Water officials are under mounting pressure to take urgent action on a remote Perthshire community’s supply after it was found to be riddled with a variety of dangerous bacteria including E. coli and salmonella.
Dozens of households in picturesque Tummel Bridge have been warned not to use their tap water for drinking, washing or even showering after it failed a series of rigorous assessments.
The health scare puts extra pressure on Scottish Water chiefs, who have spent nearly four years trying to connect the homes to a clean mains supply.
But the firm has announced that it failed to meet its October 20 target and now can’t say when the supply will be set up.
Properties are currently linked to aprivate water supply provided by Scottish and Southern Energy which runs the nearby hydro plant.
Locals have known their water has been unsafe for more than three years and have spent a small fortune up to £600 a year in some cases on bottled water.
Resident Barbara Cumming said the results of September’s water sample test were “frightening”.
She said: “It’s like living in Dickensian times. All we can do with this water is flush the toilet anything else is a big risk. Nobody is making any effort to recompense us. We should have been provided withbottled water at the very least.”
Elizabeth Moore, 67, said she fellseriously ill with blood poisoning, although she cannot say for certain whether this was linked to her water supply, adding: “I can’t think what else it could have been.
“I recently had an operation on my foot and I’m now terrified to wash it.”
Resident Evelyn Brown said sheestimated she was spending between £500 and £600 a year on bottled water, not to mention money spent on filters for showers and taps which have proved to beineffective.
“You’re taking a huge risk even having a bath,” she said. “Several people here have gone to hospital because of this.It’s a case of water, water, everywhere, but not a drop to drink.”
Neighbour Maureen Robertson, 81, said: “It is a real problem for people with young families or folk who are sick. They have to be extra careful all the time.”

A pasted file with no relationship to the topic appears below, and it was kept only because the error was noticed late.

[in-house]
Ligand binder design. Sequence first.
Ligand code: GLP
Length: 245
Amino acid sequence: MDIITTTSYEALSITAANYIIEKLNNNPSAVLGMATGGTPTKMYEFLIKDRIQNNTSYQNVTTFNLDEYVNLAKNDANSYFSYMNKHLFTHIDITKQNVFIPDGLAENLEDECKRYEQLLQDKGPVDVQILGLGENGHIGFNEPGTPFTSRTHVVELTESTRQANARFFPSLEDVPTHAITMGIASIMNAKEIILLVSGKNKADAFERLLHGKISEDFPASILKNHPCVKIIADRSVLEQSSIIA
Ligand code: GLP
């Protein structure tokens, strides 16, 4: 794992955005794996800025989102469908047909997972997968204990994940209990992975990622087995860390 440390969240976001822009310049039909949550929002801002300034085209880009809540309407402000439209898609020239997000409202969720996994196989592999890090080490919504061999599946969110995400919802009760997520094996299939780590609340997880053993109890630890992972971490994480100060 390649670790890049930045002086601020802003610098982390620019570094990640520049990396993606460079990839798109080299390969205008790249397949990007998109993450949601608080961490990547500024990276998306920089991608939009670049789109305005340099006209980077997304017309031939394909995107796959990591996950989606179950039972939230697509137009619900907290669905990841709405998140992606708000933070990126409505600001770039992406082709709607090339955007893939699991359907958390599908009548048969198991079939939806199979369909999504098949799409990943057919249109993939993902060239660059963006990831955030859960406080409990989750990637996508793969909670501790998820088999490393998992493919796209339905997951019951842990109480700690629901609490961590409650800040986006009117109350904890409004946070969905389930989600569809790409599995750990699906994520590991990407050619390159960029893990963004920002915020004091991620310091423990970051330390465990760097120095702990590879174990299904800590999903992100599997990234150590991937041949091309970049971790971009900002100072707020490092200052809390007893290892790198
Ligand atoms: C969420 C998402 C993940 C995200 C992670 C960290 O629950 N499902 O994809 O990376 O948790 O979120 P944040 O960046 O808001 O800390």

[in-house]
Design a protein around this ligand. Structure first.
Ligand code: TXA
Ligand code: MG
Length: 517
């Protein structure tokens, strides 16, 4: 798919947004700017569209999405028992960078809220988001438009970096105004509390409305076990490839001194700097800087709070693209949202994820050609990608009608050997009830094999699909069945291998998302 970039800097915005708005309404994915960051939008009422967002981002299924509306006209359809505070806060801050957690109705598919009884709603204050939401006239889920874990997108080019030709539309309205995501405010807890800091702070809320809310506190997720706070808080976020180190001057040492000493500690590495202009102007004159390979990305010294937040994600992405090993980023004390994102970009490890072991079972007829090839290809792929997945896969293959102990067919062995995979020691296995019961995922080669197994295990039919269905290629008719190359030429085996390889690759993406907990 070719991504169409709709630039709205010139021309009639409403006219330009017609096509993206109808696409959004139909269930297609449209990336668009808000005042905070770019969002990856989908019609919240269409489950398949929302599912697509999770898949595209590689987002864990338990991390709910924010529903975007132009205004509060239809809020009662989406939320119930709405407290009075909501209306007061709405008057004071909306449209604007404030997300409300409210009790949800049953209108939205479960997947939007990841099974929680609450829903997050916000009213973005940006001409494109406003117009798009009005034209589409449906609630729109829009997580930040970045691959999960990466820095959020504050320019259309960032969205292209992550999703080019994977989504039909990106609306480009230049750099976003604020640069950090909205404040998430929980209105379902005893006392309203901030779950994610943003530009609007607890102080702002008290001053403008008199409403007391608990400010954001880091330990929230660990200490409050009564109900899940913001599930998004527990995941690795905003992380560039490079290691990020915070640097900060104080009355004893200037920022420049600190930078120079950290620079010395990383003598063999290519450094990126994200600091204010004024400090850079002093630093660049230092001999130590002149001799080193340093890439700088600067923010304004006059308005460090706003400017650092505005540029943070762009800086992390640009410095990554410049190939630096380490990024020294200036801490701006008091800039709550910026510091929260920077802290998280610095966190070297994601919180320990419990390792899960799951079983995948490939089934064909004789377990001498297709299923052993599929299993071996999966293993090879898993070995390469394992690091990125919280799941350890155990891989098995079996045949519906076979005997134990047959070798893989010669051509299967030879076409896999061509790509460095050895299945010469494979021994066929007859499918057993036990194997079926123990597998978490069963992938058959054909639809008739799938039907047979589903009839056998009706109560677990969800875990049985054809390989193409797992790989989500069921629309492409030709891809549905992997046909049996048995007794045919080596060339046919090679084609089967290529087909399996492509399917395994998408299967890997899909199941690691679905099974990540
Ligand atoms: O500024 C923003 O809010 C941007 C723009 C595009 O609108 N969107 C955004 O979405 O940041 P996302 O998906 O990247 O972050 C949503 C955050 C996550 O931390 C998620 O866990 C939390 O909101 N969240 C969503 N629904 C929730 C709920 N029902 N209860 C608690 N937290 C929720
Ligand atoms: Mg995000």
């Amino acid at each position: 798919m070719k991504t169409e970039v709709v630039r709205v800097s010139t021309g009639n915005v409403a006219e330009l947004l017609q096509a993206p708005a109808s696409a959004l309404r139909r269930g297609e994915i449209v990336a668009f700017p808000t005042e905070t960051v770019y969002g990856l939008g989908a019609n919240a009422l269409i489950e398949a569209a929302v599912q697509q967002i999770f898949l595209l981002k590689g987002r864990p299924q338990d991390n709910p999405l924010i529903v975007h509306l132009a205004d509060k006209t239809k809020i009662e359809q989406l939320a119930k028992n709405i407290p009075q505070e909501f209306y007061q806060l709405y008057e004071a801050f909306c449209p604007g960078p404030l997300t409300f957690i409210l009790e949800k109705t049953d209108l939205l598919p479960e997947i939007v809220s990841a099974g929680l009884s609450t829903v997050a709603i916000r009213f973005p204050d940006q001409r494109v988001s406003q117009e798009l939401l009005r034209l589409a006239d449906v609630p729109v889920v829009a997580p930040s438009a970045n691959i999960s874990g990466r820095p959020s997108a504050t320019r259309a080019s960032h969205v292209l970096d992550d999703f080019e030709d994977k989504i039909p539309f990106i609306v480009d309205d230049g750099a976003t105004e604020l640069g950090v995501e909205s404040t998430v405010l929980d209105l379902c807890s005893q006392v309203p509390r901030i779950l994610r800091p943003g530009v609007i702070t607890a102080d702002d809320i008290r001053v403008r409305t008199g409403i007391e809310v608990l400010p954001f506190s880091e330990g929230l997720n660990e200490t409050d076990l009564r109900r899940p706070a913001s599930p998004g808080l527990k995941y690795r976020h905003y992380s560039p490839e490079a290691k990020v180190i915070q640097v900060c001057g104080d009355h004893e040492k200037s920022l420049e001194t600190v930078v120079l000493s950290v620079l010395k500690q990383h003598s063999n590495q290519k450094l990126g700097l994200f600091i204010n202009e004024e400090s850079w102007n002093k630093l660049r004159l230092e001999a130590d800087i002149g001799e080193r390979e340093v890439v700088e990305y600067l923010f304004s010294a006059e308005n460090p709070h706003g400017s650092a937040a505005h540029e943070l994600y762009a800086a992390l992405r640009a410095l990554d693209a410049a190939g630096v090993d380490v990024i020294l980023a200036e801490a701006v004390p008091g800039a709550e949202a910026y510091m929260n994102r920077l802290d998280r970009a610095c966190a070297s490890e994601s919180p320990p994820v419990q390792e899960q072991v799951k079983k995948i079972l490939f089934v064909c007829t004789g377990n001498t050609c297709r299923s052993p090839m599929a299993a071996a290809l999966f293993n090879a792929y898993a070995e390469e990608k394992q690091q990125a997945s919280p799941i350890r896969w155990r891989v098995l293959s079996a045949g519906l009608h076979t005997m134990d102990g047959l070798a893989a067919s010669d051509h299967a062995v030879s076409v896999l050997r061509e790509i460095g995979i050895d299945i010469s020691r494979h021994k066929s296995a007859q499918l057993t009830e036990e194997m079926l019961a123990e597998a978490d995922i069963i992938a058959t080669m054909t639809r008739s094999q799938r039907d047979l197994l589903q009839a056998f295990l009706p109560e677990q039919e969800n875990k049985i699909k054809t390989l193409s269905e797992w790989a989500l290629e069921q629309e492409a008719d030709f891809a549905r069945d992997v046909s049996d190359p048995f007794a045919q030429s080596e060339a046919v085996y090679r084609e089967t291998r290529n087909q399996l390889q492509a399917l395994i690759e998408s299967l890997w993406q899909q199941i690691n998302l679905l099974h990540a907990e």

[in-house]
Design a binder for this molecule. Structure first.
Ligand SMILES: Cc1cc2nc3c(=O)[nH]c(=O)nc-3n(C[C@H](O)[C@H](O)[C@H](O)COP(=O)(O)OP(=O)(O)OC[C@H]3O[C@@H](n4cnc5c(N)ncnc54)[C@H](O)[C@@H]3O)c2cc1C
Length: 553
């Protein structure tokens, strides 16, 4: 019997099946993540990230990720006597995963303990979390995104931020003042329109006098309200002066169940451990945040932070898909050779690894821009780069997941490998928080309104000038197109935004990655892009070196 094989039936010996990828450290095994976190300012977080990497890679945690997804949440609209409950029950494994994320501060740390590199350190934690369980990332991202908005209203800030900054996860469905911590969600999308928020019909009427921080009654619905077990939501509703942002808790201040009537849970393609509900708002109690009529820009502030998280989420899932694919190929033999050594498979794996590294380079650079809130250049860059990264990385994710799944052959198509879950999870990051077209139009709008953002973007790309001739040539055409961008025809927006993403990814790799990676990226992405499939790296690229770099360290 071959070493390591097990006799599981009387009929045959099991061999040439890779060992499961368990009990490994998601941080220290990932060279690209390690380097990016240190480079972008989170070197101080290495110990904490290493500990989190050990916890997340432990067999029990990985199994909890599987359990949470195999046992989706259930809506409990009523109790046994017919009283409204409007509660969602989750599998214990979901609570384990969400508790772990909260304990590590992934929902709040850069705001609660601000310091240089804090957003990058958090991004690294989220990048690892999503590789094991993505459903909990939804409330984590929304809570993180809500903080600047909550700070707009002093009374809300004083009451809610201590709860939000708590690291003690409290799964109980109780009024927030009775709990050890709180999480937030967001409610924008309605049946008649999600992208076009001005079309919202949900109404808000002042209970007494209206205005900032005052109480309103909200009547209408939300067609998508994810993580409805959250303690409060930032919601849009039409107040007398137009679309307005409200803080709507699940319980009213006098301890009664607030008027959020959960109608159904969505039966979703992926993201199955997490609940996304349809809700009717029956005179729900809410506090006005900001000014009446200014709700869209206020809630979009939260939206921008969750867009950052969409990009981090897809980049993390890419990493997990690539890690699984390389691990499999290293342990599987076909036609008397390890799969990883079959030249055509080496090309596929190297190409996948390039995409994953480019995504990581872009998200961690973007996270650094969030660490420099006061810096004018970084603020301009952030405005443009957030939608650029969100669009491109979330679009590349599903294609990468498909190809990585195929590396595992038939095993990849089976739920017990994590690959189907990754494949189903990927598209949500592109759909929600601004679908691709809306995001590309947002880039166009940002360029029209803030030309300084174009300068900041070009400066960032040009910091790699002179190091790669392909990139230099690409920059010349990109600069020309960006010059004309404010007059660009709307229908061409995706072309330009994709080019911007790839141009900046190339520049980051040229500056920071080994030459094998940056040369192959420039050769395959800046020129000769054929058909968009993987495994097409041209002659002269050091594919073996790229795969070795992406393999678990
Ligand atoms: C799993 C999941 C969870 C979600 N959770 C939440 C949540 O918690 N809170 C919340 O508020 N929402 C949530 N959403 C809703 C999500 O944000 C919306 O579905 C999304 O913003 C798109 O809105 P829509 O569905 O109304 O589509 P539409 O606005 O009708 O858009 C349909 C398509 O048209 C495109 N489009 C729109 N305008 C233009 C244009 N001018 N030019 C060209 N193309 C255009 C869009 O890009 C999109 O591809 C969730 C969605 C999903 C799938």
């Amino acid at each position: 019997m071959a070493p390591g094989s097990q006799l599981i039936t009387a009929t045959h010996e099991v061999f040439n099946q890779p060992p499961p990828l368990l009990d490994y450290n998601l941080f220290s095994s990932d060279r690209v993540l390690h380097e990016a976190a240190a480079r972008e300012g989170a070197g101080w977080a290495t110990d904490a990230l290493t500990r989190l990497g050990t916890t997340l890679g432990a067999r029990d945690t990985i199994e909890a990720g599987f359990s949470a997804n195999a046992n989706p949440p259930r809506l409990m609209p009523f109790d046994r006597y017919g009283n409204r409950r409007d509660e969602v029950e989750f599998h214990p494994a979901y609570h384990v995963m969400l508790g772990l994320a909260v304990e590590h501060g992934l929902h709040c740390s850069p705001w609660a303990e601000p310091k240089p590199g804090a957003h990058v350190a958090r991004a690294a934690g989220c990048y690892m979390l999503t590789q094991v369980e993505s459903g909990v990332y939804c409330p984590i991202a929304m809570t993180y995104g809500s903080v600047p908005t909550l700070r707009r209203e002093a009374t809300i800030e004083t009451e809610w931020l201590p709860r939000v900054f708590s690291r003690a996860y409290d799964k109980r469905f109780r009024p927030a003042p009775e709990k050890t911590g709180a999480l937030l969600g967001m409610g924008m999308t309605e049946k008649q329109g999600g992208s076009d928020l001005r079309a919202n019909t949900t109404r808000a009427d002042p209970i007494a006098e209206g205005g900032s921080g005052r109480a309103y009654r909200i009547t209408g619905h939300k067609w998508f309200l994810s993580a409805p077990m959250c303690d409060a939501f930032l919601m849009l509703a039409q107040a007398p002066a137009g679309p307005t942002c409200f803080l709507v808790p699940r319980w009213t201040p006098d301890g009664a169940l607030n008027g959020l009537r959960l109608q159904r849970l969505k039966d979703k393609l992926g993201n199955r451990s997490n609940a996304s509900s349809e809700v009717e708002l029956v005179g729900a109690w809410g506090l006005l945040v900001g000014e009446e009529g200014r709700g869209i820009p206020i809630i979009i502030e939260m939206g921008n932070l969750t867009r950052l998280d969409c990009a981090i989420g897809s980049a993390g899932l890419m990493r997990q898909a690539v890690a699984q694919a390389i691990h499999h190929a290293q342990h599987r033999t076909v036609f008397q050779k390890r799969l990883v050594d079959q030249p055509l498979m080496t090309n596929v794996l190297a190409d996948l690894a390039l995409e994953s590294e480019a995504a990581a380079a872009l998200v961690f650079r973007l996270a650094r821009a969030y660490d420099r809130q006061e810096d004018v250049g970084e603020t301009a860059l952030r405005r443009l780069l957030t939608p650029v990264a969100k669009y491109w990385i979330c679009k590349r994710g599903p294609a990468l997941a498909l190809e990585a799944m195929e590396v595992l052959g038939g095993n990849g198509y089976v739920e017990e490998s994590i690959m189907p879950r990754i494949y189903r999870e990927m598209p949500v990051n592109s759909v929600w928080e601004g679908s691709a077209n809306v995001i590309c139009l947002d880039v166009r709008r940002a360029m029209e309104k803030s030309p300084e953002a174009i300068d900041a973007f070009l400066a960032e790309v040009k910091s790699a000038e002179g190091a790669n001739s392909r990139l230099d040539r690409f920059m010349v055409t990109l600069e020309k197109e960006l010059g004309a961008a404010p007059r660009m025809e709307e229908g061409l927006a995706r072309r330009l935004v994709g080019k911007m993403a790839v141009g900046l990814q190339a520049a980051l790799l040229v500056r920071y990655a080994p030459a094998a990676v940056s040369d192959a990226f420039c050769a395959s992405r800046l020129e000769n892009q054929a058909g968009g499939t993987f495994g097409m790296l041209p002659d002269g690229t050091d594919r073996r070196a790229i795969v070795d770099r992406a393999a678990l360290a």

A spokesman for Scottish Water confirmed work was ongoing to connect Tummel Bridge homes to the main supply but could not say when this might happen.
“Additional work is required to tweak the new treatment unit and water mains so the network provides consistent and reliable water supply to customers in the village,” he said.“Once this work is concluded, we will start work to finalise connections, which we imagine will take around six weeks.”’Doubled over and screaming in pain’Last week former Courier reporter April Morkis was struck down by E. coli. Here she reveals just howdebilitating the condition is:
Residents of Tummel Bridge should takewarnings not to use tap water seriously E. coli is nothing to mess around with.
A week ago, I came down with what I thought was a simple stomach bug but it deteriorated rapidly and I was soon doubled over and screaming in pain.
I was taken to my GP and told to go to NinewellsHospital straight away, which was to become my home for the next five days.
Hooked up to a drip, I spent my time drifting in and out of consciousness and in and out of agony.
It was, without a doubt, the illest I have ever been in my life and far beyond a simple stomach bug. I was discharged on Monday but am still not fully recovered.
Apparently it only takes a tiny number of organisms to enter your system for you to get ill.
I’m a vegetarian and don’t spend my free time around livestock so the most likely route into my system was vegetables that had not been properly washed.
That’s not a mistake I’ll make again but given that I wound up in an infectious diseases ward for five days I would advise anyone in Tummel Bridge not to take any risk with their water.
It’s just not worth it.